At this unprecedented time, Dementia Australia is encouraging all people impacted by dementia to reach out for support and information when they need it.
Dementia Australia CEO Maree McCabe said as the health, social and economic consequences of coronavirus (COVID-19) play out, it is important to stay connected.
“This includes the more than 70 per cent of people with dementia living in the community who are staying in their homes, along with all Australians, to minimise the spread of the virus,” Ms McCabe said.
“Remember you are not alone and support is available. Our National Dementia Helpline is continuing to operate as usual, so please get in touch as questions and concerns arise, on 1800 100 500 or visit dementia.org.au for webchat, resources and information in other languages.
“We remain committed to providing services and supports during this difficult time even if, on a practical level, that may look at bit different in the coming weeks. Clients who access a service that will be postponed or changed will be contacted by our staff.”
Dementia Australia’s specialist Client Services team is available to talk through the multitude of questions and scenarios that might further impact people living with dementia, their families and carers at this time. Some of the things to consider are:
Being extra vigilant with monitoring general health and wellbeing
It is important for people to make sure they have supports in place, online and home-based activities planned, and regular phone or video catch ups with families and friends. If help is needed with shopping or understanding new technology with video calls or tele-health appointments in the coming weeks, seeking that help now is wise to avoid potential stress or delays when the appointment occurs.
Being mindful of the impact of changes in routine and dynamics in the home
With entire households at home, people living with dementia and their primary carers may be adapting to different noise levels, activities and stimuli. Including the person with dementia in activities might be a welcome change or the opposite – a designated quiet room or space might also be useful. The needs and capacity of the person living with dementia should be considered and wherever possible the person should be included in any discussions, activities and planning.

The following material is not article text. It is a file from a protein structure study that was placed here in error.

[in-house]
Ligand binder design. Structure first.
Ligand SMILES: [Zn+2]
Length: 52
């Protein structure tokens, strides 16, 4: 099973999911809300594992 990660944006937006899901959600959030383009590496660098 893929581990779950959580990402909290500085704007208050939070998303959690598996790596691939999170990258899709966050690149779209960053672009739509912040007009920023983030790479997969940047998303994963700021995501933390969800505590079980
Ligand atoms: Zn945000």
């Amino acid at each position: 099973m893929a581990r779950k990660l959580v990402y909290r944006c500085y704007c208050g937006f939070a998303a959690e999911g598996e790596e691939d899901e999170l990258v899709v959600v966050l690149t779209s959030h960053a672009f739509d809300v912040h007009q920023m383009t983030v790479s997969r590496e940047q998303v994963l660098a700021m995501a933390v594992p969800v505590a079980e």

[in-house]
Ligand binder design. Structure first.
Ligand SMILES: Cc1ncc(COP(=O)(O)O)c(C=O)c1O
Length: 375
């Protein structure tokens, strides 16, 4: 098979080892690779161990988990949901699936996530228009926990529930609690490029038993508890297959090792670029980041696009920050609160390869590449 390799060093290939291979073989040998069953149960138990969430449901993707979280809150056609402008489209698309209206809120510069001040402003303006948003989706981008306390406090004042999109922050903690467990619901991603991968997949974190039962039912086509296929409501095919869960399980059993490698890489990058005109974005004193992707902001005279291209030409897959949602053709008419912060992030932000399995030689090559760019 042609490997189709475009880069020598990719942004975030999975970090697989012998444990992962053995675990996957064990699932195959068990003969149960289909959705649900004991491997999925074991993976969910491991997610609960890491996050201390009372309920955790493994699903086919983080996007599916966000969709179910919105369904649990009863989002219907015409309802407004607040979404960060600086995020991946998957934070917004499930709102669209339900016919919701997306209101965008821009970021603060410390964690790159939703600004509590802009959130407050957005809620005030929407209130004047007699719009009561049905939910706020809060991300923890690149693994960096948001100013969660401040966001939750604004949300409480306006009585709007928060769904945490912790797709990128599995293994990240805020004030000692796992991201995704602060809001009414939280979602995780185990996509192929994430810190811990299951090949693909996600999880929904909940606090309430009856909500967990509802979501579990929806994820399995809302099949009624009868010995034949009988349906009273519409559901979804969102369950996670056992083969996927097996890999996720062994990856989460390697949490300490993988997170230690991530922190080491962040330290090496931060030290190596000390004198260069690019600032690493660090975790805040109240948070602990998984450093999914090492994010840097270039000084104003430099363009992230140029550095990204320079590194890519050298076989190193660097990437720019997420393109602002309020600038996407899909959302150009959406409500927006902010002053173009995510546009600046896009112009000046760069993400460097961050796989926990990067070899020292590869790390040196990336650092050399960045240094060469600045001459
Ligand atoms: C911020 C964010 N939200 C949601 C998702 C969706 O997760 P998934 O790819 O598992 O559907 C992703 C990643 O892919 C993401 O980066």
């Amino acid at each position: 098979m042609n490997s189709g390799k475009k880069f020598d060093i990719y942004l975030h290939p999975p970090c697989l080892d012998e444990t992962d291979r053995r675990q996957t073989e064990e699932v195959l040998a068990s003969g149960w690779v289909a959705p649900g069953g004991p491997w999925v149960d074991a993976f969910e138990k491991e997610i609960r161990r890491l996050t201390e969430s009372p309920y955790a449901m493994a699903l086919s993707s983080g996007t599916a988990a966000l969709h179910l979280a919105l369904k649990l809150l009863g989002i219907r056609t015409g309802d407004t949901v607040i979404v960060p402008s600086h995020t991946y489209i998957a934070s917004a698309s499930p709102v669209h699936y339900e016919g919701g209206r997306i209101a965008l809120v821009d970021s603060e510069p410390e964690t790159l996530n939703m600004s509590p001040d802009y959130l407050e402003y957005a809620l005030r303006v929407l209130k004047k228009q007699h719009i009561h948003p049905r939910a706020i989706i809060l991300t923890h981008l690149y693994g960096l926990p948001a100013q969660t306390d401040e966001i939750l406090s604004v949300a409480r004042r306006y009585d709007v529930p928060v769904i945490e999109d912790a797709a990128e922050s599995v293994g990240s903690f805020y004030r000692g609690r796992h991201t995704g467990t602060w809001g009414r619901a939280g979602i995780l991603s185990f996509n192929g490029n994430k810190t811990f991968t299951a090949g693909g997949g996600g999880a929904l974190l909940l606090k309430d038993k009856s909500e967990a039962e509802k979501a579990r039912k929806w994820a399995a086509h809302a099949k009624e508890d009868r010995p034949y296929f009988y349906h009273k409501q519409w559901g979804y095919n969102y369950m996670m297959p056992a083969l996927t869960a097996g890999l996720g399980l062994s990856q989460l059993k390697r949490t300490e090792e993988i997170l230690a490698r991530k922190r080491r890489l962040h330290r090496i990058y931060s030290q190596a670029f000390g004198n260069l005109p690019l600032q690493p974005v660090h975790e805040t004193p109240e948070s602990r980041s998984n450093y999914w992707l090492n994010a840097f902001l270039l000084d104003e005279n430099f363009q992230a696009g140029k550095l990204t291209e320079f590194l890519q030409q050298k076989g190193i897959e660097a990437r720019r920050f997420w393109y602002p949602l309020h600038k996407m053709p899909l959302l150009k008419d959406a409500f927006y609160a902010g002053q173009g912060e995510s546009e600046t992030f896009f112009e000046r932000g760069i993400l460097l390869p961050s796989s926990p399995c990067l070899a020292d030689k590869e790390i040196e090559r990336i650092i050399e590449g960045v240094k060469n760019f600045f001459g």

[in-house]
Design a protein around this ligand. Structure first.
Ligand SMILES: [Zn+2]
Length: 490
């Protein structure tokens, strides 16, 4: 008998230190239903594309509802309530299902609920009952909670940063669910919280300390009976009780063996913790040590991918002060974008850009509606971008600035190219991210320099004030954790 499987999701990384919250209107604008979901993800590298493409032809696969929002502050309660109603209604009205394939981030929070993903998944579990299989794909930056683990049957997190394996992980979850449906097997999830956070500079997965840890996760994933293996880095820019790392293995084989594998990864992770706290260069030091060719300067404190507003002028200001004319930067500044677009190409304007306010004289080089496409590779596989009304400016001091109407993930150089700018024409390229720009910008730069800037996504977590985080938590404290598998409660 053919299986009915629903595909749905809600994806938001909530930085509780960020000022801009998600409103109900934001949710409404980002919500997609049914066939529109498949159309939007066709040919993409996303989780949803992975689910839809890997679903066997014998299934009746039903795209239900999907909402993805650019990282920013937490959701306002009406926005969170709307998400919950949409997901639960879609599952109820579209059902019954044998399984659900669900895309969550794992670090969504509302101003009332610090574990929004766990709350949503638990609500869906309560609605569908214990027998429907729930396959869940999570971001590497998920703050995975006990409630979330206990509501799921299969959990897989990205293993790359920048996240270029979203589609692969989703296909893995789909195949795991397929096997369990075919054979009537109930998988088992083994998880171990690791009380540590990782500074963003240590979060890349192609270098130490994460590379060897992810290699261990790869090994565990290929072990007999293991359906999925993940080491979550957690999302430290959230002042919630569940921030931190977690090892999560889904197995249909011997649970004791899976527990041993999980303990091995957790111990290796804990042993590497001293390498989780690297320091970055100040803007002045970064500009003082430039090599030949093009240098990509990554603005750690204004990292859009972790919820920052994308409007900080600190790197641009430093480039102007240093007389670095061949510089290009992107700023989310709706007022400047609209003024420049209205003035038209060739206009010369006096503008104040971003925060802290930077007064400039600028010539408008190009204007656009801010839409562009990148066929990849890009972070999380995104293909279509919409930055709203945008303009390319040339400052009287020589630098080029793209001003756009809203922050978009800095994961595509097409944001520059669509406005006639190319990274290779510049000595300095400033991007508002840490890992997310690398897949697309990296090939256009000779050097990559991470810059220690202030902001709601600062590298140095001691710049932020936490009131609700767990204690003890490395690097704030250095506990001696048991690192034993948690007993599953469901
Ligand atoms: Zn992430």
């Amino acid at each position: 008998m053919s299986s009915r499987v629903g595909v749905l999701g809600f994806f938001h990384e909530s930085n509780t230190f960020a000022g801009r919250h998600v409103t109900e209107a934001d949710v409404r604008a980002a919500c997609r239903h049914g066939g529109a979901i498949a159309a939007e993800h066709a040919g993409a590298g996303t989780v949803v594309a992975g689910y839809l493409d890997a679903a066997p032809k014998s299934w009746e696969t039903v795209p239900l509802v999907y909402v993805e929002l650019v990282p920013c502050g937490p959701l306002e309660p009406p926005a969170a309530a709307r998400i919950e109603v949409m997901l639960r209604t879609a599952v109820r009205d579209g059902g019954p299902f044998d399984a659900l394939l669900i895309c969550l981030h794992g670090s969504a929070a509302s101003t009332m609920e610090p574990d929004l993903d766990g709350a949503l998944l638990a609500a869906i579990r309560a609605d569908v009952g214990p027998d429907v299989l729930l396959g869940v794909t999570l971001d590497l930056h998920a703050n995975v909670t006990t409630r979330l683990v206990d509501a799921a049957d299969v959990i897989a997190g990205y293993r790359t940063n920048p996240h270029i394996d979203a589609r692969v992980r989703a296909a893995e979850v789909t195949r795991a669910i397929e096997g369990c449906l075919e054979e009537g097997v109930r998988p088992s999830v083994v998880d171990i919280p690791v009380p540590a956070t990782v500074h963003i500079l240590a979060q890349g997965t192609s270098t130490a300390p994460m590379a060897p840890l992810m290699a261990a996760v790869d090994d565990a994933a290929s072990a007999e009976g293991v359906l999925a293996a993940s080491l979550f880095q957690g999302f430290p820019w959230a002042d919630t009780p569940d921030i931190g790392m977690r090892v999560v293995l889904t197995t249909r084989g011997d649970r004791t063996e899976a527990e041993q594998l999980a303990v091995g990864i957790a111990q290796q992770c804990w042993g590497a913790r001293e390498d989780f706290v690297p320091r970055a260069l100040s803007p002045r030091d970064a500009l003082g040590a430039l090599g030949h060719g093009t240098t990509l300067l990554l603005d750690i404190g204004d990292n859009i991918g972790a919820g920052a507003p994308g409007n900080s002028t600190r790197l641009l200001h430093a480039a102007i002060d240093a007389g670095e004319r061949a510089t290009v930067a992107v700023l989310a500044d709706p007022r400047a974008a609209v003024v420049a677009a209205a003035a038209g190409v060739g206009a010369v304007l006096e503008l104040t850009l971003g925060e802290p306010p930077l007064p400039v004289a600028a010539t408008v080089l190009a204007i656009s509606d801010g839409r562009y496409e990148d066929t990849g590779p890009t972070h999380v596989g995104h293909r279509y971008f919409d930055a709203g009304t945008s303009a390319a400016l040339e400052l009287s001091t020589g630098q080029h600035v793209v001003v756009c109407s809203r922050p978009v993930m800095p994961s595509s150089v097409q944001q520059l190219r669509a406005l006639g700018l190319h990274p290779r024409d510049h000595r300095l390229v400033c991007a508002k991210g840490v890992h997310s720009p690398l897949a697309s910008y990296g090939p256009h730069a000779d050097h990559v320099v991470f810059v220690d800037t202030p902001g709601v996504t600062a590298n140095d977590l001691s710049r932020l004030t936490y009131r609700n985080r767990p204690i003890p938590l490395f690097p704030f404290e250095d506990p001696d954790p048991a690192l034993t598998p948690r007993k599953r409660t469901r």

Being mindful of the potential for heightened levels of stress and anxiety
People living with dementia, depending on their symptoms and the progression of the disease, will have varying levels of understanding of the changing situation with COVID-19. This may be heightened if they have limited communication skills or inability to fully express themselves. Frustrations and anxiety may result. Talking through plans, planning ahead with engaging activities, displaying the information on calendars or kitchen noticeboards will provide some certainty for a person living with dementia about the plans and timings for each day.
“People living with dementia are one of the most vulnerable groups in society at this time,” Ms McCabe said.
“These are unpredictable times that are disruptive and turbulent. They can create even more uncertainty for people living with dementia so we must be alert to these situations that can cause heightened risks.
“We are here to support the 459,000 Australians living with dementia and the 1.6 million people involved in their care.”
For more information and suggestions on how to better support all people impacted by dementia in relation to coronavirus (COVID-19) visit https://www.dementia.org.au/an-update-from-dementiaaustralia
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Bless you for your support to some of our most vulnerable :)